“The investigation against Oxfam India is the latest attempt to target an organisation that has worked for more than 70 years in the country to end discrimination and create a free and just society. Hindering it will affect thousands of people who benefit from its services. CIVICUS calls on the authorities to halt the judicial harassment against them and their staff immediately,” said David Kode, Advocacy and Campaigns Lead at CIVICUS.

As a state party to the International Covenant on Civil and Political Rights (ICCPR), India must respect, protect and fulfil the right to freedom of association.

The CIVICUS Monitor has documented how the FCRA of 2010 and its amendments in 2018 and 2020 impose discriminatory restrictions on CSOs access to funding and makes their authorisation procedure difficult to navigate and highly bureaucratic, under the pretext of preventing foreign influence in India. Over the years, it has been invoked against human rights groups to justify an array of highly intrusive measures, ranging from official raids on NGO offices and freezing of bank accounts to suspension or cancellation of registration.

United Nations experts have raised At India’s review at the Human Rights Council in November 2022, several states called for the repeal or amendment of the FCRA to ensure the right to freedom of association.

“As a democracy, India must create a safe and enabling environment for civil society organisations to conduct their work instead of seeking to criminalise NGOs or squeeze their funding. The government must review the draconian FCRA to bring it in compliance with the ICCPR and other international human rights law and standards” added Kode.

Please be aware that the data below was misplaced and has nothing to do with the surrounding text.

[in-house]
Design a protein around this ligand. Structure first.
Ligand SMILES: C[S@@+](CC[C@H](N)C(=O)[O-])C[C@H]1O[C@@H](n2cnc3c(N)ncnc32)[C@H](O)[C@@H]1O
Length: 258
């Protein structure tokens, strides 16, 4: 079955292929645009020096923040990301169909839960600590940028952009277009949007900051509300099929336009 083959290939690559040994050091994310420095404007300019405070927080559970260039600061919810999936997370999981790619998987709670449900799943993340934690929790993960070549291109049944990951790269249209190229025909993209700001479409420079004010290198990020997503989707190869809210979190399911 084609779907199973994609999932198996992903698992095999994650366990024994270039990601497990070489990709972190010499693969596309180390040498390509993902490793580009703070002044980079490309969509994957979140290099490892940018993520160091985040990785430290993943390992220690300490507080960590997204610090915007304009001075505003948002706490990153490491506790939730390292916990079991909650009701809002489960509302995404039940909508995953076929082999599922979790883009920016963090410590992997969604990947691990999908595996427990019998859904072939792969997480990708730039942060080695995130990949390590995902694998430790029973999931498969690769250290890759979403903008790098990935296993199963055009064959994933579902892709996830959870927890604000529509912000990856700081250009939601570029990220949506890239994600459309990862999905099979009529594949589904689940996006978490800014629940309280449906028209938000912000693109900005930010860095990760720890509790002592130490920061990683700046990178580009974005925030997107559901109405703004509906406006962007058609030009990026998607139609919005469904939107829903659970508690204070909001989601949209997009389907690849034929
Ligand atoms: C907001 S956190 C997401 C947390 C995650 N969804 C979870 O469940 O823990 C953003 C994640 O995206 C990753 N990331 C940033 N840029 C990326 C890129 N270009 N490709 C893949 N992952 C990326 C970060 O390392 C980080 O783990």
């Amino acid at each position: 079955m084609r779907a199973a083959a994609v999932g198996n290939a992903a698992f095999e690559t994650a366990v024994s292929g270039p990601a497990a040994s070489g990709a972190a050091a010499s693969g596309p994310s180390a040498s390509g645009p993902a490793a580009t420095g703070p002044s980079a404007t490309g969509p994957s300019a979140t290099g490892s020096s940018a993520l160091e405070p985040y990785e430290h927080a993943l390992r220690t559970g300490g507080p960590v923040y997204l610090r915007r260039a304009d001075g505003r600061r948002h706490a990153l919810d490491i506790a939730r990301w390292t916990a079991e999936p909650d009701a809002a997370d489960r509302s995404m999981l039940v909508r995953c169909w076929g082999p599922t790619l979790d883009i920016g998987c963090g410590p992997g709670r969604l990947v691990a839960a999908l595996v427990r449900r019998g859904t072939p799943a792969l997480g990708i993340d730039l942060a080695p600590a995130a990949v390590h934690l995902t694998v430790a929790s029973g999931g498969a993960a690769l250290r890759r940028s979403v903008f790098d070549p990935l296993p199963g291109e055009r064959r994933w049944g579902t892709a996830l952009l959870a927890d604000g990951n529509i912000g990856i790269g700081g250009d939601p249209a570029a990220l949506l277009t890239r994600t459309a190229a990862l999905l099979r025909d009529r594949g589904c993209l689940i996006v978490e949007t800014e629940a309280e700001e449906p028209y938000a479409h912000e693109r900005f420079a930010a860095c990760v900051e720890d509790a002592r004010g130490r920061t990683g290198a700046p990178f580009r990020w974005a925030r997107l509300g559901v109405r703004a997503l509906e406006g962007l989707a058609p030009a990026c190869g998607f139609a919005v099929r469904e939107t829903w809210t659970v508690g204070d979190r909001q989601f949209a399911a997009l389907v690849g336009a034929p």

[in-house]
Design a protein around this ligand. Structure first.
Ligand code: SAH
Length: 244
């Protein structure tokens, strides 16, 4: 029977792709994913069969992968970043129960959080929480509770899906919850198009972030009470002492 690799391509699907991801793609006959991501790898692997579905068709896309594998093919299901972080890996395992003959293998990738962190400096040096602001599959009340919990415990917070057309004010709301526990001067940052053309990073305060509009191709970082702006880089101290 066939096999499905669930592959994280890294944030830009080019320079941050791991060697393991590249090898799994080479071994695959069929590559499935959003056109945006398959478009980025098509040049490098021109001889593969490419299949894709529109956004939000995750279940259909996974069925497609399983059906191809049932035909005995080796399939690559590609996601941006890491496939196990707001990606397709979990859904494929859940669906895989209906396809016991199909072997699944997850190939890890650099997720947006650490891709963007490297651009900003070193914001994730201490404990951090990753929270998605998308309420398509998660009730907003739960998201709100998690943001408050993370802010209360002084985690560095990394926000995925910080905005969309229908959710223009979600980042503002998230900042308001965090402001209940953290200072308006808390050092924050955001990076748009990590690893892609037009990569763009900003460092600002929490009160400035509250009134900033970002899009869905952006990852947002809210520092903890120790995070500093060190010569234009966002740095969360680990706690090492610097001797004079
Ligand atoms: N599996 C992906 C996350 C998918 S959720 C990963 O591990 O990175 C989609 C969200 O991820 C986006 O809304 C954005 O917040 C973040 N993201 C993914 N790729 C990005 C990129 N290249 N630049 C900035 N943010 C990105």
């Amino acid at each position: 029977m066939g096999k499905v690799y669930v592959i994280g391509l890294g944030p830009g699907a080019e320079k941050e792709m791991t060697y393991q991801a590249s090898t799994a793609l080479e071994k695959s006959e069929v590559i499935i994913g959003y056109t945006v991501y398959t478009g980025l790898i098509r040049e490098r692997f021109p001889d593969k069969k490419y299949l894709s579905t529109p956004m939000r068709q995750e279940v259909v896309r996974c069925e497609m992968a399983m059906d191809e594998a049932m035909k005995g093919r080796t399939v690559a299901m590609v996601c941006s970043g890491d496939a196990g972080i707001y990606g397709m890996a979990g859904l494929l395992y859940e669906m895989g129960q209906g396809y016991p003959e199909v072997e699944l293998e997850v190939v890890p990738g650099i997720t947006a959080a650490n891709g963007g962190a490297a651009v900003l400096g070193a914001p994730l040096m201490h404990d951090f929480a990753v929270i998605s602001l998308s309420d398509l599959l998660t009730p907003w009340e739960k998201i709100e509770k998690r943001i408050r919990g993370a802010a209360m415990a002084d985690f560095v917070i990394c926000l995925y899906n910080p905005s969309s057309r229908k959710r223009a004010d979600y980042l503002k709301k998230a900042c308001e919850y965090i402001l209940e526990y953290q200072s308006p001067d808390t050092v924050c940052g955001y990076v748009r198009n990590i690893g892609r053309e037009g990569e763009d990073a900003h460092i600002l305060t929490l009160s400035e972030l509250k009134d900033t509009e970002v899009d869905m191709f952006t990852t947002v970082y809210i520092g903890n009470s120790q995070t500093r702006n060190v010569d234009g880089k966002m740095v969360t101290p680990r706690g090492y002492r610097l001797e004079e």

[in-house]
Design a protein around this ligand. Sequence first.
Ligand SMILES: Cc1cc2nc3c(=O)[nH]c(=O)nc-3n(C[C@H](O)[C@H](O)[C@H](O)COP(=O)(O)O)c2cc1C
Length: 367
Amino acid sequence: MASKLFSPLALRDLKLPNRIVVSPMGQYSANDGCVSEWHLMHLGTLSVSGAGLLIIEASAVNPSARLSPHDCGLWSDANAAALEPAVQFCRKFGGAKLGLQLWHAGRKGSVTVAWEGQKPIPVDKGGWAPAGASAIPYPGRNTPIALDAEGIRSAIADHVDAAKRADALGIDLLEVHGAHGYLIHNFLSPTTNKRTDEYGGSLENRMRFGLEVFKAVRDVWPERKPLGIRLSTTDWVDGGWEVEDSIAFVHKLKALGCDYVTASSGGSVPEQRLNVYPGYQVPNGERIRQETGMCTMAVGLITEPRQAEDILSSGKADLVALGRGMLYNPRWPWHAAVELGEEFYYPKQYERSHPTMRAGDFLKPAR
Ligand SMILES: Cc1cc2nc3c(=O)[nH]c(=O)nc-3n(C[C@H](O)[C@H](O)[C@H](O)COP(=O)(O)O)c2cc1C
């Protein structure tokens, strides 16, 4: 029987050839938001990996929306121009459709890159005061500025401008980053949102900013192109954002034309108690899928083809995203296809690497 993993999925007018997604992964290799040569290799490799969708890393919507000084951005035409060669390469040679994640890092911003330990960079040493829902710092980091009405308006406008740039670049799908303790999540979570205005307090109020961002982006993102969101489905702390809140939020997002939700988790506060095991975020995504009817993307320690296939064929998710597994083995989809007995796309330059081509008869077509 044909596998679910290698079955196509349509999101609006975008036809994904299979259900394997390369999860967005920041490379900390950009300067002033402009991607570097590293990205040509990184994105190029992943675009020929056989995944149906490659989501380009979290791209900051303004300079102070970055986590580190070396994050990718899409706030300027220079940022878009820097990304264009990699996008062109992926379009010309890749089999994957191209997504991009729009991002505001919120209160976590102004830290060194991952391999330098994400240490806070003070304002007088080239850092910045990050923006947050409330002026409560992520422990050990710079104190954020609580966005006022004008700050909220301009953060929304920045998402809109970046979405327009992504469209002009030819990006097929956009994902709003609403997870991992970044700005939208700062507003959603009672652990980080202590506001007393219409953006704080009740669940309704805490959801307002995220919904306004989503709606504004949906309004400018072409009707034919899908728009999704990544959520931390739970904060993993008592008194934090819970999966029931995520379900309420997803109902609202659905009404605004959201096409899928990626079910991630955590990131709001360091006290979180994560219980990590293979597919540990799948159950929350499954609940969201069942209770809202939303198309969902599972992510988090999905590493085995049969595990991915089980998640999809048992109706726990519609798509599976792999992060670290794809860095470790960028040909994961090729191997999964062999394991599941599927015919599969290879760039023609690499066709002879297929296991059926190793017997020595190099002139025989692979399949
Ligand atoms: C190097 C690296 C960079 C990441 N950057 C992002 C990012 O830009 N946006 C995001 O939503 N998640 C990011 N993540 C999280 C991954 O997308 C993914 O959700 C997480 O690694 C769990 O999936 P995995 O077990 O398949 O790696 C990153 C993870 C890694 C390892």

Civic space in India is rated as "Repressed" by the CIVICUS Monitor

Sudan: Protect civilians as armed conflict escalates

The international community including the Intergovernmental Authority on Development (IGAD), the African Union, Arab League  and the United Nations should act in a timely manner to prevent a civil war in Sudan, global civil society alliance, CIVICUS, said  today.  

Sudan: As violent clashes continue, Sudan’s international partners must call for accountability and justice

Since April 15, General Abdel Fattah al-Burhan, head of the Sovereign Council and the Sudanese Armed Forces (SAF), and General Mohamed Hamdan Dagalo, alias Hemedti – leader of the Rapid Support Forces (RSF) have, in their quest for power, engaged in deadly clashes across Sudan. In two days, nearly 100 civilians have been killed according to the Central Committee of Sudan Doctors and 1,100 injured. Fights between the two factions are still raging on Monday.